Rape is a heinous crime. It’s not fun. It’s definitely not funny. But, if you’re someone who believes in pushing the boundaries with humor, there are a few things you need to consider before getting on stage and spitting some R-rated lines.
- Choose A Side
When talking about rape, if you’ve not been a victim, you’re automatically going to sound insensitive. The immediate argument will be “If you don’t know how it feels, you definitely cannot make fun of it. Remember, being molested is not the same as being raped. “I was once touched inappropriately. It felt wrong. I can definitely imagine what rape might feel like.” Wrong. That’s almost like saying “I’m a man, and most rapists are men. So, by extension, I can relate to them.” Just for the element of surprise, don’t try to shock your audience and call it dark humor. You have to make it explicitly clear – are you condemning the act or condoning it? There is no middle ground.
- Make A Convincing Argument
Don’t wait till the audience asks you, “What’s your point?” Don’t make the rookie mistake of picking on a subject like rape because it’s an edgy topic, and people will pay attention to you. Especially if you’re not confident that they will laugh at the end. Don’t make a statement like “Rape is bad, guys! Don’t do it.” They don’t need to hear it from you. They already knew it. If you’re going to tell them what they want to hear, don’t be a comedian. Join politics. If you’re bold enough to argue that rape isn’t so bad after all, convince the audience beyond a doubt – to the point where they’ve becoming accomplices. It takes a special kind of genius to do that. Do not take it lightly. Off the top of my head, the best example I can quote is Bill Burr’s bit about hitting women. He says something along the lines of “You shouldn’t hit women. It’s not right. But, I don’t think there is no reason to hit a woman. Sometimes, they ask for it. Just don’t do it.” You should be able to find the clip online. Also remember, that’s Bill Burr. A lot of people pay good money to watch him. They will listen to anything he has to say. If you go on stage on your third open mic and crack jokes about rape, the first thing I’d think is, “Who the fuck is this? What do they know about rape? BOOOOOO!”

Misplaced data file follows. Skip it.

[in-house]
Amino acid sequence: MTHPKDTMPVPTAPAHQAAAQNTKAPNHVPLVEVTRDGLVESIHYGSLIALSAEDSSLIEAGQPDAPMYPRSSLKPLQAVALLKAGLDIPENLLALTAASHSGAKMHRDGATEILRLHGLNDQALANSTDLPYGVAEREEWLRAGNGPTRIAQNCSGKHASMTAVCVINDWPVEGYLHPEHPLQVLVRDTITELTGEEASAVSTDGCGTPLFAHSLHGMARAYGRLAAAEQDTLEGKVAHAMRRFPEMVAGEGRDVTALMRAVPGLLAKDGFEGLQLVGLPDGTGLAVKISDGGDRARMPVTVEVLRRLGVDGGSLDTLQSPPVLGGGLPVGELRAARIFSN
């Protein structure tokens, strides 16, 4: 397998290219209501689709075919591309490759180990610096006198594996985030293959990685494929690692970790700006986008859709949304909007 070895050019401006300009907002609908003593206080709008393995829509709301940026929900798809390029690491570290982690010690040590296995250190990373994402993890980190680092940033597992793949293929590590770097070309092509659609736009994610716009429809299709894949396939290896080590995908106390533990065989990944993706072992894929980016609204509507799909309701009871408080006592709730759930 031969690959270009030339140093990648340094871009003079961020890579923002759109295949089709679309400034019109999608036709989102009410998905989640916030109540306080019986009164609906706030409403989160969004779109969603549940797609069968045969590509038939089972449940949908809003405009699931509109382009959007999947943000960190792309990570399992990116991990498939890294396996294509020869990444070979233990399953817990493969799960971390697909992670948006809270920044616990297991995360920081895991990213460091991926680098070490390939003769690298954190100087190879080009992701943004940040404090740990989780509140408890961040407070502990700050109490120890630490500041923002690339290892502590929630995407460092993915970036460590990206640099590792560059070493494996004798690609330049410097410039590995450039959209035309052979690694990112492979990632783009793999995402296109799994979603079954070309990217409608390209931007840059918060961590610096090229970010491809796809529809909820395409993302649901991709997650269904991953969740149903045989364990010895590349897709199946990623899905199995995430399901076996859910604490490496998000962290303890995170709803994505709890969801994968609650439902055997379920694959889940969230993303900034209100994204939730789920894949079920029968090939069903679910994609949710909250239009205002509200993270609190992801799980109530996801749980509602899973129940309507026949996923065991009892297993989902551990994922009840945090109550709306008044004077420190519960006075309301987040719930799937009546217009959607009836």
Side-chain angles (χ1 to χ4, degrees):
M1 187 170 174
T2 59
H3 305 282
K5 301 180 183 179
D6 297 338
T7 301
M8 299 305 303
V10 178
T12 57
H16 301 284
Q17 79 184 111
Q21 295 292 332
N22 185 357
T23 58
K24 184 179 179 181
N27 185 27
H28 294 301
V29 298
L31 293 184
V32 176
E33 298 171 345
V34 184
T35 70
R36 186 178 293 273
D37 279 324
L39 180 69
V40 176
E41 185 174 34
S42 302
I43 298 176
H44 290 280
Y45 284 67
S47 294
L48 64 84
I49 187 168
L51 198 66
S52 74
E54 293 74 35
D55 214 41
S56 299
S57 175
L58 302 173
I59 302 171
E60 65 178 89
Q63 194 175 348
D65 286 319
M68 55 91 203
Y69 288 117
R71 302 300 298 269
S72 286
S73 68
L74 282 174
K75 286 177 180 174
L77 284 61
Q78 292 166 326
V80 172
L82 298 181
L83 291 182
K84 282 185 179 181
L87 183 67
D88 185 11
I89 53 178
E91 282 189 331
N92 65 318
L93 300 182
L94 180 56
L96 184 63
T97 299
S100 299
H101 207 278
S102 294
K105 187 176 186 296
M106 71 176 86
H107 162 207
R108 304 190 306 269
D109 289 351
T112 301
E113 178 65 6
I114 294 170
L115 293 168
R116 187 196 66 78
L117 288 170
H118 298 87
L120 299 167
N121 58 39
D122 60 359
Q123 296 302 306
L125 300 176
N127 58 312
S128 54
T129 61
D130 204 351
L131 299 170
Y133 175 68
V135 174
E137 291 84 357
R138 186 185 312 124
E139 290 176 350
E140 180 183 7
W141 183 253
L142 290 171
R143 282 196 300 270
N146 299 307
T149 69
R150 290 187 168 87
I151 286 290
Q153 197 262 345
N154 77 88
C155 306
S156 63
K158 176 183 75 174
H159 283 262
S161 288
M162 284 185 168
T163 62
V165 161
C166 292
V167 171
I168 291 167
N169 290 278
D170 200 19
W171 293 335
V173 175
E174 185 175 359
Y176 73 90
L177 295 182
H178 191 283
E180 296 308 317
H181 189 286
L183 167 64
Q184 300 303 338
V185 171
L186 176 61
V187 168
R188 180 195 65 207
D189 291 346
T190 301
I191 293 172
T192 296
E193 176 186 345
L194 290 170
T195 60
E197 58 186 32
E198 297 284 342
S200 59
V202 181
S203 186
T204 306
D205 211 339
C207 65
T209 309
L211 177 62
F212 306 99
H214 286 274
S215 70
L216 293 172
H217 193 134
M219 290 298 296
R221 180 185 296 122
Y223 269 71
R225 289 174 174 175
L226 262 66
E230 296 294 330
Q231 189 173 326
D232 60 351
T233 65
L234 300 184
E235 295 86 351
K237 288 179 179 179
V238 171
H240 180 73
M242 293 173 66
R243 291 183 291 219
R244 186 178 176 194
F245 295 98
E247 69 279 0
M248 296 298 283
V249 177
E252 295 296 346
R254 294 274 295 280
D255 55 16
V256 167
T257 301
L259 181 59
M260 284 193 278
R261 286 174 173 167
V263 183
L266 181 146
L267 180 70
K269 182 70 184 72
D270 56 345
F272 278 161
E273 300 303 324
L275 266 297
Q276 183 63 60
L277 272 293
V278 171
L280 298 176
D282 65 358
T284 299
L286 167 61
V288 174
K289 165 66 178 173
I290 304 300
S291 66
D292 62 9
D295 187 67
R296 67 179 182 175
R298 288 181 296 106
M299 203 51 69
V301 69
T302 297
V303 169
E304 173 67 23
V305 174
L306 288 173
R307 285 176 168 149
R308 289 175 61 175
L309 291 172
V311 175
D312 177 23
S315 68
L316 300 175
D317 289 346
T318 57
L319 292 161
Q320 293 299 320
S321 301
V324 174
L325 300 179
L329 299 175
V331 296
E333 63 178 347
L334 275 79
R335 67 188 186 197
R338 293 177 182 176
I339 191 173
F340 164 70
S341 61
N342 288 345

- Always Punch Up
The definition of punching up is pretty easy. Never make it look like it’s the victim’s fault. This isn’t as hard as it sounds. But, it takes some getting used to. When you punch up, you should steer clear of stereotypical mumbo-jumbo. It’s common sense. Do not trivialize the issue. If you’re going to start your set with “I don’t get what’s the big deal about rape”, stop; go kill yourself.
- Rape Has Nothing To Do With Sex
This is the first thing you need to understand. Rape is more than just nonconsensual sex. It’s not an extreme state of horniness. Rape is a display of power. It’s psychological. The size of a rapist’s penis has nothing to do with it.
While it is true that stand-up comedy is about upsetting balances, challenging ideologies, and calling out bullshit, don’t take it too far. It doesn’t matter if they’re laughing with you or at you. It’s your duty to make sure they laugh for the right reasons. There are a lot of rape jokes online. Everyone laughs it off, because they don’t attach a person or voice to it. Stand-up isn’t just telling jokes. You’re sugarcoating an uncomfortable truth. One joke isn’t worth being branded an insensitive asshole. Always ask yourself: what do I stand(up) for?